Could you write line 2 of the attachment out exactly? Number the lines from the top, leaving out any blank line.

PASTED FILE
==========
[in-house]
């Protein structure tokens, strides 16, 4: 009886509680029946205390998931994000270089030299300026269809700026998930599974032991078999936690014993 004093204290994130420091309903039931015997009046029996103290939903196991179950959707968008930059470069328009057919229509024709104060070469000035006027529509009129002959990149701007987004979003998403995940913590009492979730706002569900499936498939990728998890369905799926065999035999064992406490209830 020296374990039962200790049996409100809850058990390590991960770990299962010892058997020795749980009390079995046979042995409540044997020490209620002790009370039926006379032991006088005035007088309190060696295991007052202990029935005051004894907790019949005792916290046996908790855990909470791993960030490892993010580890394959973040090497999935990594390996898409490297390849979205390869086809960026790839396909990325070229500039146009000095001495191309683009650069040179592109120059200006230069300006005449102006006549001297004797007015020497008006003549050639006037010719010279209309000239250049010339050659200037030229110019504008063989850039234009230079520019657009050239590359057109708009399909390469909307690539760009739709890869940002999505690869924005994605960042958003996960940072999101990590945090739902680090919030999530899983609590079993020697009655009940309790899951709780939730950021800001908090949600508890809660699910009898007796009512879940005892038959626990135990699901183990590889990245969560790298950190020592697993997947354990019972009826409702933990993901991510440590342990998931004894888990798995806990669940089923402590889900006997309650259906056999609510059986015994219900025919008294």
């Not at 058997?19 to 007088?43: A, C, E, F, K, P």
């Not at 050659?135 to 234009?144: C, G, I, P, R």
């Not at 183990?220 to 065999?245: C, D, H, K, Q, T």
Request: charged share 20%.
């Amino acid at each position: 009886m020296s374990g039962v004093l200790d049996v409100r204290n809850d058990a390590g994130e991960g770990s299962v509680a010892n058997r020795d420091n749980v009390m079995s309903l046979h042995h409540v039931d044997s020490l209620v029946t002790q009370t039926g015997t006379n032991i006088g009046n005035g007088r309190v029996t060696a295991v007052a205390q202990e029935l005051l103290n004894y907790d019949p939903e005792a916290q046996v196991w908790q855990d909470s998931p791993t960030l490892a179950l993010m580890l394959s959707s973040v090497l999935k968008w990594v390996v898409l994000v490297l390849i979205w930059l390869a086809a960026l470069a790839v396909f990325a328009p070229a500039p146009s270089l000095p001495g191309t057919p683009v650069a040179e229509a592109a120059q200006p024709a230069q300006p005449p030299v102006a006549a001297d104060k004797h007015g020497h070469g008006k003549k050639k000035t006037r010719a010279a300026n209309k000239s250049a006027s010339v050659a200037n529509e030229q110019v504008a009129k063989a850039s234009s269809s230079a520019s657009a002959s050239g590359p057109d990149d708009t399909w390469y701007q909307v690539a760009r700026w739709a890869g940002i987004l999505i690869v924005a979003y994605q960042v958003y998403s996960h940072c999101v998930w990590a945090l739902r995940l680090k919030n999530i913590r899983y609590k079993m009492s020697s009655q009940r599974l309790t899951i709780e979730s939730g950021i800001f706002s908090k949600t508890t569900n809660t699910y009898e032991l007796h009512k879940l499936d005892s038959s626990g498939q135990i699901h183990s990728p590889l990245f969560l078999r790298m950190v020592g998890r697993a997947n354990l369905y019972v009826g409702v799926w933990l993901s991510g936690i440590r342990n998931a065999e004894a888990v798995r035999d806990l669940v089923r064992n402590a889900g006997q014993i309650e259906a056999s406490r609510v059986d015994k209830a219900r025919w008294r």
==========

């Protein structure tokens, strides 16, 4: 009886509680029946205390998931994000270089030299300026269809700026998930599974032991078999936690014993 004093204290994130420091309903039931015997009046029996103290939903196991179950959707968008930059470069328009057919229509024709104060070469000035006027529509009129002959990149701007987004979003998403995940913590009492979730706002569900499936498939990728998890369905799926065999035999064992406490209830 020296374990039962200790049996409100809850058990390590991960770990299962010892058997020795749980009390079995046979042995409540044997020490209620002790009370039926006379032991006088005035007088309190060696295991007052202990029935005051004894907790019949005792916290046996908790855990909470791993960030490892993010580890394959973040090497999935990594390996898409490297390849979205390869086809960026790839396909990325070229500039146009000095001495191309683009650069040179592109120059200006230069300006005449102006006549001297004797007015020497008006003549050639006037010719010279209309000239250049010339050659200037030229110019504008063989850039234009230079520019657009050239590359057109708009399909390469909307690539760009739709890869940002999505690869924005994605960042958003996960940072999101990590945090739902680090919030999530899983609590079993020697009655009940309790899951709780939730950021800001908090949600508890809660699910009898007796009512879940005892038959626990135990699901183990590889990245969560790298950190020592697993997947354990019972009826409702933990993901991510440590342990998931004894888990798995806990669940089923402590889900006997309650259906056999609510059986015994219900025919008294």